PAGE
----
The struggle to actualize June 12 as a symbol of new Nigerian democratic culture was pursued from different angles. Some of us from the defunct Centre for Democratic Studies (CDS) were in the heat of it. We didn’t want the credibility of June 12 to go underfoot. However, our efforts were frustrated when the government of General Sani Abacha scraped the Centre. We were transferred to various government establishments. We watched with agony, in the course of time, the difficulty of how to actualize June 12 as a beacon of democracy.
Nevertheless, the opportunity offered itself in 2006 when Senator Ken Nnamani became the Senate President. One of us, Fatai Jimoh worked with him. He informed me how the then Senate President had been convinced on the need to re-establish the Centre. He asked me to provide a draft bill. I provided one which was made available to other colleagues for their inputs. We supported Jimoh from the background. We were at the Public Hearing where some of us made some comments. After that public hearing, the Institute for Democratic and Legislative Studies (IDLS) was created by an Act, to be headed by a Rector who should be assisted by two Deputy Rectors, each in charge of the School of Democratic Studies, and the School of Legislative Studies. We were all delighted for the return of the Institute. Even with some referral changes, we still believed it would be an academic centre of excellence but, indeed, a professional pedagogic fountain for the training of the political class.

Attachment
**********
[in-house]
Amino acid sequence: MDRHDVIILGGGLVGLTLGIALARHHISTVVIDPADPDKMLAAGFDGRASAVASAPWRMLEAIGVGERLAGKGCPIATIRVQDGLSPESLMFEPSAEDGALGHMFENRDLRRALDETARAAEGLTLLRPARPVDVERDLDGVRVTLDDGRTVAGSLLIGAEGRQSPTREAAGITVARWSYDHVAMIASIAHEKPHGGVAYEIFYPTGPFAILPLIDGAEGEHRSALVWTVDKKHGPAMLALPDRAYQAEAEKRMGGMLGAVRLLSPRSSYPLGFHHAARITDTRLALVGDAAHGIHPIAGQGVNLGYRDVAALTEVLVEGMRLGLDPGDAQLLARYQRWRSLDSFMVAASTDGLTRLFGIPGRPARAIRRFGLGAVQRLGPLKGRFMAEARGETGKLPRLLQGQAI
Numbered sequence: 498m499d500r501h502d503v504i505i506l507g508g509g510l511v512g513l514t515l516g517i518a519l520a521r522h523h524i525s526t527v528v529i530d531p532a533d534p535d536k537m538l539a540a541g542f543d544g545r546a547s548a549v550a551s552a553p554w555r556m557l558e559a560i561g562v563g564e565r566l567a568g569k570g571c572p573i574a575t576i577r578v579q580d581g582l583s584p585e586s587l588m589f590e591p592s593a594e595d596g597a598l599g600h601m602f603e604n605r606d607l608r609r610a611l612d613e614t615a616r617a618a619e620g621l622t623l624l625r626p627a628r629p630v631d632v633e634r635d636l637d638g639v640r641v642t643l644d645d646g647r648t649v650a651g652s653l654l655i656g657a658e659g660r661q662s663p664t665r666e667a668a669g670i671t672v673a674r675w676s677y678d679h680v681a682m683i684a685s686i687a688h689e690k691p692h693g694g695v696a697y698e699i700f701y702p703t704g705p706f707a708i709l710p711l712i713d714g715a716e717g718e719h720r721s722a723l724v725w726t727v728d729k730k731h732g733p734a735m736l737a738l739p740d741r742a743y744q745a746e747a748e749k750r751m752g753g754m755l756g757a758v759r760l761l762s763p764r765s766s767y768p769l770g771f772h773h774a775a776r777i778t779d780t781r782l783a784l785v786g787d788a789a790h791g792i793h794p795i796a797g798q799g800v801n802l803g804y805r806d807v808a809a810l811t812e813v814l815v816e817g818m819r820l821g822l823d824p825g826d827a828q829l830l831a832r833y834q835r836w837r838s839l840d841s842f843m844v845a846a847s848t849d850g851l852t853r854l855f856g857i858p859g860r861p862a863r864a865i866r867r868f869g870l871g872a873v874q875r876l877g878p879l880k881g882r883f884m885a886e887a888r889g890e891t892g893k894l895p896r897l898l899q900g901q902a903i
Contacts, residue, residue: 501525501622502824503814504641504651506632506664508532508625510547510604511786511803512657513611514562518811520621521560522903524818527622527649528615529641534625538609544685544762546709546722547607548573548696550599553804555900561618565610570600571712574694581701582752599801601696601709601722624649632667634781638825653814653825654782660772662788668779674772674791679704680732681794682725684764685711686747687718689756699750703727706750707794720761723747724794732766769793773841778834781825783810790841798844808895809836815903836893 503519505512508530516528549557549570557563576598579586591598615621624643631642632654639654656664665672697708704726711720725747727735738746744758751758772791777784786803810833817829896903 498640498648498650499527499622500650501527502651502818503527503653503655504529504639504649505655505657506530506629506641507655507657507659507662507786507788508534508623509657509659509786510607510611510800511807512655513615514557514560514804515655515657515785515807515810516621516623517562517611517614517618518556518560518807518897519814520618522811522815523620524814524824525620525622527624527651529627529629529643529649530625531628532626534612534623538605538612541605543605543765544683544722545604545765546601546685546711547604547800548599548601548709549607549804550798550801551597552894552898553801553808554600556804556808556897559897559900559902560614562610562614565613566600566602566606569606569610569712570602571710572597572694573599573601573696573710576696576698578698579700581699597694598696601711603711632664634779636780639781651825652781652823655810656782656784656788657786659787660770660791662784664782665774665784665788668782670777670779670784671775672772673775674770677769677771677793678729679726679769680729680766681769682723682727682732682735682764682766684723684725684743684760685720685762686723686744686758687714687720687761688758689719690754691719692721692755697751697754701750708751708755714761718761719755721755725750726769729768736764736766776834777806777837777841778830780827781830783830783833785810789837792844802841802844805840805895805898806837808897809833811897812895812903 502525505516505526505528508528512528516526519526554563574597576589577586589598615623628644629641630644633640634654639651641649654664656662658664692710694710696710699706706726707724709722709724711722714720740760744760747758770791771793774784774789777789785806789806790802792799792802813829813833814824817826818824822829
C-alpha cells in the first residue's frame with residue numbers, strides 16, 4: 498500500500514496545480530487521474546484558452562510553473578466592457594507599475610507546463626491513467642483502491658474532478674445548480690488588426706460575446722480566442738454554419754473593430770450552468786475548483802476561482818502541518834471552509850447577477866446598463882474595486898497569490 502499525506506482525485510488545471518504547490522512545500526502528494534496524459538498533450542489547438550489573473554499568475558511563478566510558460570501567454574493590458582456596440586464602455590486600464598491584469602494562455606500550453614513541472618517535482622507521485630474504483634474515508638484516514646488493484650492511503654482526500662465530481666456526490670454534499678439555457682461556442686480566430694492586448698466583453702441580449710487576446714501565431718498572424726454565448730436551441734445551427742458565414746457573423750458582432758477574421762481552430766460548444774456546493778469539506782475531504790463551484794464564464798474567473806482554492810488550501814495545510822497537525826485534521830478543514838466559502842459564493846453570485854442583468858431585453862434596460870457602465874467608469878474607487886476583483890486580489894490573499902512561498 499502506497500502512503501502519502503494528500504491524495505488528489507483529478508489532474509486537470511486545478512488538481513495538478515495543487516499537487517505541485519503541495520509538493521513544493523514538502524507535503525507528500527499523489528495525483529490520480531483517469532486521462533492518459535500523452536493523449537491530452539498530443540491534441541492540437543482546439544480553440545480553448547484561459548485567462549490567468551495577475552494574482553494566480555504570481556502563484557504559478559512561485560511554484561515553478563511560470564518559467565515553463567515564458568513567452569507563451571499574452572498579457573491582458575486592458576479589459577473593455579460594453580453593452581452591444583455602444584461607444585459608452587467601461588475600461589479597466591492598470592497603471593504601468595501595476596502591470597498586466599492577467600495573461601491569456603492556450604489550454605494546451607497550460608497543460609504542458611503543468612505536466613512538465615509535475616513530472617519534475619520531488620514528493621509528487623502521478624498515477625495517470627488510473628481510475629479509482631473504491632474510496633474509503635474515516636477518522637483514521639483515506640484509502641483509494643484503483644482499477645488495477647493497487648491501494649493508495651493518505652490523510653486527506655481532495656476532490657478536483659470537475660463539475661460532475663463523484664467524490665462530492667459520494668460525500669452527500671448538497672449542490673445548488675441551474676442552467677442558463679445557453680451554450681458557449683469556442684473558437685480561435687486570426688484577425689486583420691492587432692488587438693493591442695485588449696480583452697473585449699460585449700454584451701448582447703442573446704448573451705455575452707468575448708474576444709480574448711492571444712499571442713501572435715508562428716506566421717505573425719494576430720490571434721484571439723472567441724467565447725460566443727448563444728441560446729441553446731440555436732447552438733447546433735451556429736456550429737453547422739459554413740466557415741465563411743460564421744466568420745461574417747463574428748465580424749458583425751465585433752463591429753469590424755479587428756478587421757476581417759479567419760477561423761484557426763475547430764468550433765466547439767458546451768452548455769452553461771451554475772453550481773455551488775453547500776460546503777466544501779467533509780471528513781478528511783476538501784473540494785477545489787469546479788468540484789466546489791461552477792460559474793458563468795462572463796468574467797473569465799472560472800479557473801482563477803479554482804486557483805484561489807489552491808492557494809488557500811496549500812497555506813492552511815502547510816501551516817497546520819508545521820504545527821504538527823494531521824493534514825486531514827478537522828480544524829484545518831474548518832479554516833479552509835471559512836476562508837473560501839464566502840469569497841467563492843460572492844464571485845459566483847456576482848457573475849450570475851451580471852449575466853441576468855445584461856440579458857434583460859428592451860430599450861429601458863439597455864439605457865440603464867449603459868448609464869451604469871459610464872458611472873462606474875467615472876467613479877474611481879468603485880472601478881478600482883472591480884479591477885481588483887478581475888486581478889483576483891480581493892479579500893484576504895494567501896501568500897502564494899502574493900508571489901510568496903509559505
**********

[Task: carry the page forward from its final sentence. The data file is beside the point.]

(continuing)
Somehow, shortly after its establishment, Obasanjo’s regime exited from office. It was left for President Umar Musa Yar’Adua to sign the bill into law. He did on July 30th, 2007 but failed to inaugurate the board of the institute. I reached out to colleagues to get the government inaugurate the board but to no avail. At this period also, the government of President Yar’Adua was accused of being a benefactor of the 2007 fraudulent election. To regain credibility, he set up the Justice Uwais Electoral Reform Committee. The Committee in its final report recommended the re-establishment of the Centre for Democratic Studies to “facilitate inter-agency cooperation and engage with civil society in the conduct of civil and political education”.